NO BAIL! Australia - Allison Baden-Clay, Brisbane QLD, 19 April 2012 -#28

Discussion in 'Allison Baden-Clay General Discussion Threads' started by SoSueMe, May 18, 2012.

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  1. SoSueMe

    SoSueMe Former Member

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    Thank you for joining Websleuths! :welcome3:​


    Please remember the following when discussing the Allison Baden-Clay case:
    Websleuths is a moderated forum. We strive to discuss cases in a friendly environment.

    Our rules can be reviewed here: The Rules (PLEASE make sure you know the rules!)


    Currently, we are considering Allison's husband to be a suspected person of interest in this case. There is a possible second party involved per MSM and it is okay to discuss that aspect, but please refrain from accusing anyone of murder at this juncture. Speculating is one thing, accusing is another.


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    Thread 27



    REMEMBER: No cutting and pasting of comments from other social or media websites. You may paraphrase and provide a link.

    The only social media sites allowed are those belonging to the victim, Gerard Baden-Clay and any named (by law enforcement) POI or Suspect, or site created and devoted to the murder of Allison.


    Media/Timeline Reference Thread: CLICK HERE



    CHAT ROOM: not for case discussion!




    [​IMG]
    http://www.smartwebby.com/images/tutorials/fireworks/Autoshape/pic_sunflower_bokay.jpg
     


  2. Kimster

    Kimster Former Member

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    [​IMG]

    Have you read the two previous posts? If not, read them now.
    By posting on this thread, you are stating you know the rules!
     
  3. Kimster

    Kimster Former Member

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    ANYONE who posts facts and IS NOT a verified professional MUST POST A LINK TO VERIFY THE INFORMATION!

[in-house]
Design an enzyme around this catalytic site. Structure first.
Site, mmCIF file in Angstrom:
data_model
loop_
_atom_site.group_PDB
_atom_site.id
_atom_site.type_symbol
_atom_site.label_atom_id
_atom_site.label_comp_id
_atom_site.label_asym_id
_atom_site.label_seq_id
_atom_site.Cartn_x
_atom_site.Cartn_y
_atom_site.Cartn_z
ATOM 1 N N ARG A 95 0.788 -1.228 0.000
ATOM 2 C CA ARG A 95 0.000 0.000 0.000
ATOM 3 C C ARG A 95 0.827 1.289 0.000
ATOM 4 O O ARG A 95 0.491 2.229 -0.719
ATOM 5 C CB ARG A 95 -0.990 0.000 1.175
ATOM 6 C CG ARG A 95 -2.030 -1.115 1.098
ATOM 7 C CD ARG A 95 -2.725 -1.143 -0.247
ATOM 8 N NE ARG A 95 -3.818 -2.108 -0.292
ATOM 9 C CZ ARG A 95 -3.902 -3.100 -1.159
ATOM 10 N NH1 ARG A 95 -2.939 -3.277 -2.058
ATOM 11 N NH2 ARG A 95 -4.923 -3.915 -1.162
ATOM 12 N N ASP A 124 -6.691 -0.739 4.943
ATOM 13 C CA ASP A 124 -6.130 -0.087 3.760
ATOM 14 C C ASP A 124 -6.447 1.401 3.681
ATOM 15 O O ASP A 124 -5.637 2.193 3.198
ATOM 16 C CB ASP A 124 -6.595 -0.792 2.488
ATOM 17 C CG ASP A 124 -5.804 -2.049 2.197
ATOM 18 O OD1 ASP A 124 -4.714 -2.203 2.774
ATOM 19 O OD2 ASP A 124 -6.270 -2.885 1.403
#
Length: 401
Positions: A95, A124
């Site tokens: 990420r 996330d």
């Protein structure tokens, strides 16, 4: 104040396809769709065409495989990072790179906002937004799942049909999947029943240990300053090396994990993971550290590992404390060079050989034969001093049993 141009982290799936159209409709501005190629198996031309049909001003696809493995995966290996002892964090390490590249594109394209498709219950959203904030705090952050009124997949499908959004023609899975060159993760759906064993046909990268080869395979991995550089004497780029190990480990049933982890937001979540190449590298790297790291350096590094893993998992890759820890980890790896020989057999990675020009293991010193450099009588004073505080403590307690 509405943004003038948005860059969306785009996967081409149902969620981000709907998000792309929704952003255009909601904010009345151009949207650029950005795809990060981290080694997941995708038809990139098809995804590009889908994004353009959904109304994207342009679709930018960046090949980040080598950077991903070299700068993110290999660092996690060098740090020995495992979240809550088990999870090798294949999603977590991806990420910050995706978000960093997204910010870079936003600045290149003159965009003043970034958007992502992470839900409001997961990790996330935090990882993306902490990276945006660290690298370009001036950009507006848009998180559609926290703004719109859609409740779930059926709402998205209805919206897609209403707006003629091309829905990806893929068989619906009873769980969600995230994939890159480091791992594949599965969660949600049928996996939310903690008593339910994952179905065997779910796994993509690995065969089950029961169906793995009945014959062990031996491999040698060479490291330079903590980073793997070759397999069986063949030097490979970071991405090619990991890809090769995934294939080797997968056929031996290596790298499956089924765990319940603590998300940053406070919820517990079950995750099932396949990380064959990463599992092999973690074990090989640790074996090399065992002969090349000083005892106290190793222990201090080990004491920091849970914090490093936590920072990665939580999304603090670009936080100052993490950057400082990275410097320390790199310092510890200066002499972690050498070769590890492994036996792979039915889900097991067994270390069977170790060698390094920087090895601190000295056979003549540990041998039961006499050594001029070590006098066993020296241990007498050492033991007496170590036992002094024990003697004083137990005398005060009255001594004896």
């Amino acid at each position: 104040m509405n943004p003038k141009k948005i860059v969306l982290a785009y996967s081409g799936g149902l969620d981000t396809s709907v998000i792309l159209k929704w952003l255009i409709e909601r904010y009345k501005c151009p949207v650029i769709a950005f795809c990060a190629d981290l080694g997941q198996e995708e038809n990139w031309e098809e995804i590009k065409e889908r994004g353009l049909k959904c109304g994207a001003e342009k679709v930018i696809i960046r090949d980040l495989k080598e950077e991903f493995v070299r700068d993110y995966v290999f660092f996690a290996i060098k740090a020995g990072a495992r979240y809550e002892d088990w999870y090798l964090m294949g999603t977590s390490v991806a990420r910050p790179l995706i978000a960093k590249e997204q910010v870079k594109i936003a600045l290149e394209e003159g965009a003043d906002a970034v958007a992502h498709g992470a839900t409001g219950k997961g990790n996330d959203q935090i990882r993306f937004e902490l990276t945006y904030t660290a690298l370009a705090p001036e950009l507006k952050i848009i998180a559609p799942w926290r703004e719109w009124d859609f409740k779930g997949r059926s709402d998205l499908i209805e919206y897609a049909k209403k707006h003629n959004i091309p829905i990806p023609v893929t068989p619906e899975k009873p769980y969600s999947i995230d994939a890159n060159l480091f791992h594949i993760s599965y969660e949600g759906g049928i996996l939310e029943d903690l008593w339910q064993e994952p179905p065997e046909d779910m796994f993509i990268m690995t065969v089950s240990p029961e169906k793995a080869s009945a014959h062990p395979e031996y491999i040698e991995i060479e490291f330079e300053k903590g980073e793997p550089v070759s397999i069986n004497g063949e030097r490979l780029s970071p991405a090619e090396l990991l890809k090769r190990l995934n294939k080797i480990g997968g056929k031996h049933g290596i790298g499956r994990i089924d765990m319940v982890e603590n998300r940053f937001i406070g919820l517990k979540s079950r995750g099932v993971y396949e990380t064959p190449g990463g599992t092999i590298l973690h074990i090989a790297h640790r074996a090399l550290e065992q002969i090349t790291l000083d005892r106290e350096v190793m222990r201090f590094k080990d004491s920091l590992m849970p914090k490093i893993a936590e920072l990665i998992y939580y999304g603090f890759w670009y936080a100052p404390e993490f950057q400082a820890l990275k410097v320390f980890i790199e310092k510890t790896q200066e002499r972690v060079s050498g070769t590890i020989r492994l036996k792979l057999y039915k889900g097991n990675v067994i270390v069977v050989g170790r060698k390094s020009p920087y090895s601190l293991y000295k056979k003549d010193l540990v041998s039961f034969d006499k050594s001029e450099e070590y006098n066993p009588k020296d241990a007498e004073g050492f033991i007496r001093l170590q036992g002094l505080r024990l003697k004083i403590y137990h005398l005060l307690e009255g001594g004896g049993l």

Any post without this procedure will result in the post being removed without explanation and repeated violations could result in a loss of posting privileges.
     
  4. imamaze

    imamaze Former Member

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    We have a detailed, formal Terms of Service (TOS) posted separately, and that TOS is what you will be held to as a member here. It's long and detailed because it has to be in the world we live in, and you are expected to read it, understand it and abide by it. However, we can sum it up as follows:

    1) Be a decent human being;
    2) Treat your fellow posters as the decent human beings they are;
    3) Keep in mind that whatever you post will likely live on forever, so think before you press "Submit Reply".
    4) It's a big world. People will disagree with you. You will disagree with them. This can be done with respect, and that's what we expect.
    [​IMG]

    Please continue here...
     
  5. imamaze

    imamaze Former Member

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    Please continue here...
     
  6. Lu-Lu

    Lu-Lu New Member

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    Numero Uno :)
     
  7. willough

    willough New Member

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    Tis like winning BINGO!!!!! giggles
     
  8. bellgirl

    bellgirl New Member

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    ..... ok 5 mins of silence - no one saying anything - we need to get to bed! Goodnight, sleep tight great posters. :eek:fftobed:
     
  9. Nads

    Nads New Member

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  10. Humdinger

    Humdinger Active Member

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    I've been wondering about GBC.... Who is he, what is he like, how does he put himself across to people?
    I know that a lot of us have our opinions - I sure as heck do, but I'm wondering if those that did meet him or know him could give us some insight.

    I guess I'm interested in the basics, is his voice soft like in the interview or is he normally jovial and confident? Does he have a decent handshake? Does he like to plan things or is he a spur of the moment kind of guy?

    If anyone could enlighten me /us I'd sure appreciate it! I guess in my head I have this image, I'm just trying to work out how accurate I am.

    TIA
     
  11. Wonder Woman

    Wonder Woman New Member

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    Kimster, in Australia, IMO, the right against self incrimination is not specified in the Australian Constitution. Australia has a common law (judge made law) right against self incrimination. IMO, this right against self-incrimination provides an immunity from an individual's obligation to provide information that goes to prove their own guilt. Refer to the Australian High Court case of Sorby and Another v The Commonwealth of Australia and Others (1983) 152 CLR 281. As the law currently stands, the right against self incrimination may be overturned by federal, state or territory legislation.